Sunday, Mar 07, 2021 09:15 [IST]
Last Update: Sunday, Mar 07, 2021 03:34 [IST]
Managing troubled teens has become a difficult task for parents. We ain’t falling in the category of obedient son too. While we’re in late teens, all of us probably got a scolding from father for inattention to household chores. We remembered calling us apadartha (it means stupid) often but it is irrelevant if goes word by word. Researchers depicted Neanderthals a species of ancient humans that became extinct 40,000 years ago as primitive, stupid and brutish. Did we inherit a DNA sequence from Neanderthals? Or we have similar appearance / qualities in common with them. Those were indeed difficult time but we didn’t lose heart. We only realized latter in Pre University when our teacher had reminded telling apadartha wasn’t correct as it means non-matter in Physics.
Today we’re just reminiscing about our college days. We’re not just nonsense (non-matter) but definitely a matter as matter is the "stuff" that makes up the universe. Everything that takes up space and has mass is matter. All matter is made up of atoms, which are in turn made up of protons, neutrons and electrons. Only vacuum is the absence of matter. Things that are not matter are light, sound, heat, energy, gravity, time, a rainbow, love, happiness and the list is endless. Since we makeup a physical object, thereby it finally established from that theorem that we’re definitely a matter but not an apadartha (non-matter) in terms of science.
We‘re young and madly in love with Advanced Physics Lab as we sat in the dark room giggling likes naughty backbenchers. Getting an accurate result in decimal was tough. Yet we tried a great deal of effort. The vibrations of sound and light fascinated us. As no light is allowed from outside, the dark room arrangements made after the light is switched off when experiments for practical are being done. Our dark room has sophisticated arrangements of Galvanometer, Sodium / Mercury Lamp and Scale Arrangement of Optical Setup Benches. We’re amazed to see the coupling of light from the laser into the USB Spectrometer where the excitation beam path is sketched. We’re enlightened to understand some ideas about Raman Scattering.
He was one of the most gifted minds of the 20th century, whose theory of Raman Effect played a crucial role in widening humanity’s understanding of the behaviour of light. Today National Science Day (28 Feb) is being celebrated to mark the discovery of the Raman Effect. Physicist Sir Chandrasekhara Venkata Raman (1988-1970) discovered it on 28 Feb, 1928 for he was honored Nobel Prize in 1930. It was the first Nobel in Physics for a non-white person and for an Indian scientist after Rabindranath Tagore in Literature 1913 for Gitanjali (Song Offerings).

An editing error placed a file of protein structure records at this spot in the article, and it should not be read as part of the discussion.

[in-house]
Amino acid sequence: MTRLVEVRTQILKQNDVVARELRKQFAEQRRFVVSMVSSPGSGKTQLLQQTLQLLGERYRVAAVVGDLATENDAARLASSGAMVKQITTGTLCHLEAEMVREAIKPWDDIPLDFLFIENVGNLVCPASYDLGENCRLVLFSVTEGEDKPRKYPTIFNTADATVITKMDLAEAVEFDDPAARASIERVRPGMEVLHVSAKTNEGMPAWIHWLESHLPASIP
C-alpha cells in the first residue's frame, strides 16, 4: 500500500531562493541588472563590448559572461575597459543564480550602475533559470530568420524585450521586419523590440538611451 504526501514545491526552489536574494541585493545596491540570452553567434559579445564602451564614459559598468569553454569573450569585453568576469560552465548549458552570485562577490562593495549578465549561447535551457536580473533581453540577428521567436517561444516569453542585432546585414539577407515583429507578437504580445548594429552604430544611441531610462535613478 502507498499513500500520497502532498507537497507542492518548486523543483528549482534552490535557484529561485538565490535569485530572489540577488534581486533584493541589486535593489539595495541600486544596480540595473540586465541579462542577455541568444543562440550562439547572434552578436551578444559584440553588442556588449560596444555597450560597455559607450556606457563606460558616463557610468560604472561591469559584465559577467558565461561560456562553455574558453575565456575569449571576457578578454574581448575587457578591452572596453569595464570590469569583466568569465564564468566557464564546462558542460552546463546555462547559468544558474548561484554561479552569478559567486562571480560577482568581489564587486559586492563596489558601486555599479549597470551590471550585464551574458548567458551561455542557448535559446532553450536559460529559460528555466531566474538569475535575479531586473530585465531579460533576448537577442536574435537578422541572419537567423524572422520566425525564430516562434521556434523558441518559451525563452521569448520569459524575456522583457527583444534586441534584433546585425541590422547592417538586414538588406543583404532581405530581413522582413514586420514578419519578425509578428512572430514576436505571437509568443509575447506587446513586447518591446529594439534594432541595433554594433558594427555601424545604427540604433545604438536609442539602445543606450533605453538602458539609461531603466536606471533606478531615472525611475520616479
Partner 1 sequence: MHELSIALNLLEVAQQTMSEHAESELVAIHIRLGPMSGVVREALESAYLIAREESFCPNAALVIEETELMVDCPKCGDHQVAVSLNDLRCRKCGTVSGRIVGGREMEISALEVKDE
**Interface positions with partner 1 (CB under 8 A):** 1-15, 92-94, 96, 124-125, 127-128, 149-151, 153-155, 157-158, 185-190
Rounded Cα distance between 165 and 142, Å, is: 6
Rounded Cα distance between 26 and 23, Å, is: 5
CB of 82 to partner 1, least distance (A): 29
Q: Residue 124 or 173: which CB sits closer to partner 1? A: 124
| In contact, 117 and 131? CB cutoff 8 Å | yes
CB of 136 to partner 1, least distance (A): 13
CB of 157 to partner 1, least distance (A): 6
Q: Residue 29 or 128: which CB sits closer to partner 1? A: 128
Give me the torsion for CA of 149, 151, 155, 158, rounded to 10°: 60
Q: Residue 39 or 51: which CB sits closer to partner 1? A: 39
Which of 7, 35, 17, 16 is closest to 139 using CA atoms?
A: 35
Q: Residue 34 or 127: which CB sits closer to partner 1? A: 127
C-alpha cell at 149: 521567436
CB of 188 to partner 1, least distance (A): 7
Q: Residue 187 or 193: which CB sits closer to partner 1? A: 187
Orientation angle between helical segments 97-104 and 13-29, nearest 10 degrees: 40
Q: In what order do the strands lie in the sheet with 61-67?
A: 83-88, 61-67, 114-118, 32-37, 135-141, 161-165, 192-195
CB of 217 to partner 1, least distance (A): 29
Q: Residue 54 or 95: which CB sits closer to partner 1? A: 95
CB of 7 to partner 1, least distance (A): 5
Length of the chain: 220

There were many untold stories about Sir CV Raman. At the age of 13, he entered the Presidency College Madras, where his father was teaching Mathematics and Physics. Standing with a Gold Medal in Graduation, he also cleared Post-Graduation obtaining the highest distinctions in his only 19 years of age. Scientific career was not the best possibilities then so he joined the Indian Finance Department for a living. He was confident of winning the Novel in 1930 that he booked tickets in July itself, even though the awards were to be announced in November.
The discovery was inspired from an incident while CV Raman was returning from London to Bombay in 1921, where he fascinated with the deep blue color of the Mediterranean Sea. It was not the sea that just reflected the colour of the sky as said by British scientist Lord Rayleigh’s theory. The Raman Effect is the process of scattering of sunlight particles by water molecules of a medium. (Change in the wavelength of light that occurs when a light beam is deflected by molecules) This means that light refracted from the Mediterranean Sea or an iceberg, can appear to be of a different colour.
Science collides with our curiosity and imagination. Like Raman, Newton also shared the apple anecdote in his biography. Today I’ve written a memoir of my encounter for being non-matter over my teenage years. Isn’t that really a humorous account? Moreover I can’t denounce someone a non-matter (apadartha) to young learners as kids these days grow up in science-friendly e-homes. They are encouraged to think critically, experiment and explain their reasoning. We seemed lacking in our days to explore it naturally. We would have spent more time at home helping our mother instead of playing all day football with friends. Our father was right. So perhaps we were non-matter (apadartha – stupid) until we grew up then.